Would the breath of even a myriad Springs
Blow my heart's bud to a rose? "
His fascination for flowers, especially the rose (gul in Persian) was so deep that he named his daughters Gul-chihra Begum, Gul-izar Begum, Gul-badan Begum, and Gul-rang Begum.
Babur's description of the panoramic view of blossoms during spring in Sindh once again testifies to his being a connoisseur of flowers: " In some places sheets of yellow flowers bloomed in plots; in others sheets of red flowers in plots; in some red and yellow bloomed together. We sat on a mound near the camp to enjoy the sight. There were flowers on all sides of the mound, yellow here, red there, as if arranged regularly to form a sextuple. On two sides there were fewer flowers but as far as the eye reached, flowers were in bloom. In spring near Parashawar the fields of flowers are very beautiful indeed" (account of the year AD 1519).
Mughal flower paintings are typically meticulously drawn twigs with leaves, buds, and flowers, in a variety of arrangement, flawless in depiction and fully conforming to the rules of naturalistic study without losing its essential aesthetic appeal. The background is mostly treated plain except for a slight suggestion of aerial perspective with the help of a fine strip across the top, without defining the horizontal line. Total focus is laid on the main subject which suggests the artist's inclination to project it in all its genuine objective form. In such paintings, in order to enliven the surroundings and capture a certain rhythm of movement, as well as to manage the compositional aspects, the Mughal school prefers to depict birds, butterflies, and other insects hovering over the blossoms. This is done to achieve a greater impact of naturalistic environment through a kind of relational placement of the main object and other minor living things (flying) in nature; also, he introduces through the hovering objects a sort of freedom of movement in the space around a still-life exposure of the main object. Besides, in the selection of the hovering objects, there is an attempt not only to suggest the skyline, but also to intensify the naturalistic impact of the flower study through the addition of ecological harmony that exists in nature. The pale background does help in brightening up in relief the flowering plant as a whole, and also enhances with ease vertical movement without having to concentrate much on spacing the sky as one might expect otherwise. One may note that the clustering of the leaves is composed with a deliberate purpose and design: at the base it is denser, suggestive of the plant being rooted in the soil; while in its upward growth the leaves have generally a light openness balanced by a bud, and then there is a full focus on the flowers showing different folds of petals concerting with various stages of blossoming.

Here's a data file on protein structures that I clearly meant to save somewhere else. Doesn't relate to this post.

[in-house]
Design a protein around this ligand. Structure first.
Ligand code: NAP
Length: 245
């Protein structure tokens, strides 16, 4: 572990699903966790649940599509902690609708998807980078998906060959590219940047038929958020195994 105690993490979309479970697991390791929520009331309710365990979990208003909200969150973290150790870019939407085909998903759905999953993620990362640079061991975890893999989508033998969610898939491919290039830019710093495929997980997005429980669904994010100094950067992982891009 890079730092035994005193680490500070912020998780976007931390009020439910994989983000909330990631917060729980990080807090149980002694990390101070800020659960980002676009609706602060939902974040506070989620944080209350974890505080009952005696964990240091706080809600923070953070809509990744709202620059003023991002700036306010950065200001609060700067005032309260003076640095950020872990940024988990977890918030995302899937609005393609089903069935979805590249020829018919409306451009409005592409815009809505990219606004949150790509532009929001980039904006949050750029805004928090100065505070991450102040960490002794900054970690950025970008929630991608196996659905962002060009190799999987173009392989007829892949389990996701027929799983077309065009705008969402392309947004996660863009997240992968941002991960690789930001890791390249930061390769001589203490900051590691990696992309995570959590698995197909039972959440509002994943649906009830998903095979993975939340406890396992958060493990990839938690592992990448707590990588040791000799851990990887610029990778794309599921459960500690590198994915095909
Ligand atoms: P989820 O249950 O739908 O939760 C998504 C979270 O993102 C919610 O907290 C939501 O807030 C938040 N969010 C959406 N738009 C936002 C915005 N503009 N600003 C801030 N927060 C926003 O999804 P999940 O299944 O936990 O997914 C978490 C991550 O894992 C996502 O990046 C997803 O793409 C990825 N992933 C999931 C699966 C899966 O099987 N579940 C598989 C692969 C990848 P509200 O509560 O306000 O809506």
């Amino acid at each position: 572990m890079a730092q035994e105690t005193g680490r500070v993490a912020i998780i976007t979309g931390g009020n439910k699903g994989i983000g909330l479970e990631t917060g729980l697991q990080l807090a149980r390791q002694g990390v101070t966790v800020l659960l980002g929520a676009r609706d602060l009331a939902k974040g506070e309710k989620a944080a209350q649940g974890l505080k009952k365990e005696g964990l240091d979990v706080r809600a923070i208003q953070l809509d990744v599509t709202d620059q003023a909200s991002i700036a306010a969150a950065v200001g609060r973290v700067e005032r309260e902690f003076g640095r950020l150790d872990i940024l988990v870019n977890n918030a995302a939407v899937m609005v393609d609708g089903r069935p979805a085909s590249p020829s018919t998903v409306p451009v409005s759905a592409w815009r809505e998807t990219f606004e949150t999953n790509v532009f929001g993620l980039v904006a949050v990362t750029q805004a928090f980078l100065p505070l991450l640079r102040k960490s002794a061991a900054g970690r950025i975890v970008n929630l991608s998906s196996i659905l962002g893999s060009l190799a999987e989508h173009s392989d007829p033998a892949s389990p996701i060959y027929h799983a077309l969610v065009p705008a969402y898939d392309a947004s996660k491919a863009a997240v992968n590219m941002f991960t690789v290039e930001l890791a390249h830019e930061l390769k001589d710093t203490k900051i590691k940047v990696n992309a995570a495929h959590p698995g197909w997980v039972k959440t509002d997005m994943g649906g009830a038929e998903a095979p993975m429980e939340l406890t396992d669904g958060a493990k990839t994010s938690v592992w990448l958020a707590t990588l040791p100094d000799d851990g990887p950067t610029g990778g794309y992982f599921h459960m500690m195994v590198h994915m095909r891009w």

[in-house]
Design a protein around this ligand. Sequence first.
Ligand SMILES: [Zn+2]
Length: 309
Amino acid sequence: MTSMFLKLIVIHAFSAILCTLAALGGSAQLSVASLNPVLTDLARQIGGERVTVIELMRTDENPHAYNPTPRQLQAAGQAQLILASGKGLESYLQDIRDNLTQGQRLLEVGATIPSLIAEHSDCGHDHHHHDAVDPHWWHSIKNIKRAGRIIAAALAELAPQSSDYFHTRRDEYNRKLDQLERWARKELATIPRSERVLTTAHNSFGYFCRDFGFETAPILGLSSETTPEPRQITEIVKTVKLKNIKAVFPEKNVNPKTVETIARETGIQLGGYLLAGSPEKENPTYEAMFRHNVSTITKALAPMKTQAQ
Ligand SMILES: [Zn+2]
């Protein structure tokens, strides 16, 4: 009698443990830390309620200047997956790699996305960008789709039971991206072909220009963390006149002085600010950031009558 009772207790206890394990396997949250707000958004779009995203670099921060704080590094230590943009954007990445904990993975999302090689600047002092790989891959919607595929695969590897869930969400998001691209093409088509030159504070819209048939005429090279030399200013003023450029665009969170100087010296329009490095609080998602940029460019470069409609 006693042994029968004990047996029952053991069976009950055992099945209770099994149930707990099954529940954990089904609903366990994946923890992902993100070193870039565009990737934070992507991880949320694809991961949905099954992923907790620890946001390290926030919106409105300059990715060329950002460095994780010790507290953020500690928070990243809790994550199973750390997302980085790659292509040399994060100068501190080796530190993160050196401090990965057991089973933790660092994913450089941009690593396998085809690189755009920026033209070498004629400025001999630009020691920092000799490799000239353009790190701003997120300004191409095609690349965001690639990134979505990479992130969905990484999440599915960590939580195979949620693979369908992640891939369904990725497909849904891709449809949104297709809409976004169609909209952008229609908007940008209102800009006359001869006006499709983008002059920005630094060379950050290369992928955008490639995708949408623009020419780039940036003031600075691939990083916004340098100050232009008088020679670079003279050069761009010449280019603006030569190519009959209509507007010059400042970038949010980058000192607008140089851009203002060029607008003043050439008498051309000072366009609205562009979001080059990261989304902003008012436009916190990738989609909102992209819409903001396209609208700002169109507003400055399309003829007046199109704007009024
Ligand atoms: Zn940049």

The Mughal artist tends towards a naturalistic rendering of flora and fauna. An Indian element, that is, sympathy with the animal world, further gave rise to emotions and feelings in their representation. But in no way is the animal world the subject of "adoration" in their art as it is in the sculpture and painting of ancient India. Mughal painters clearly aim at the portrayal of physical reality where spiritual and emotional matters hardly had a place, in other words a scientific approach. This aspect of Mughal aesthetics obviously lends their creations a quality of earthly charm and pleasure. Grousset has rightly remarked that Mughal studies of wildlife are frank material, intended to give earthly pleasure. The Mughal artist's approach finds expression in an emphasis of objectivity in the presentation of nature. This best suits studies of specimens intended to depict maximum possible detail.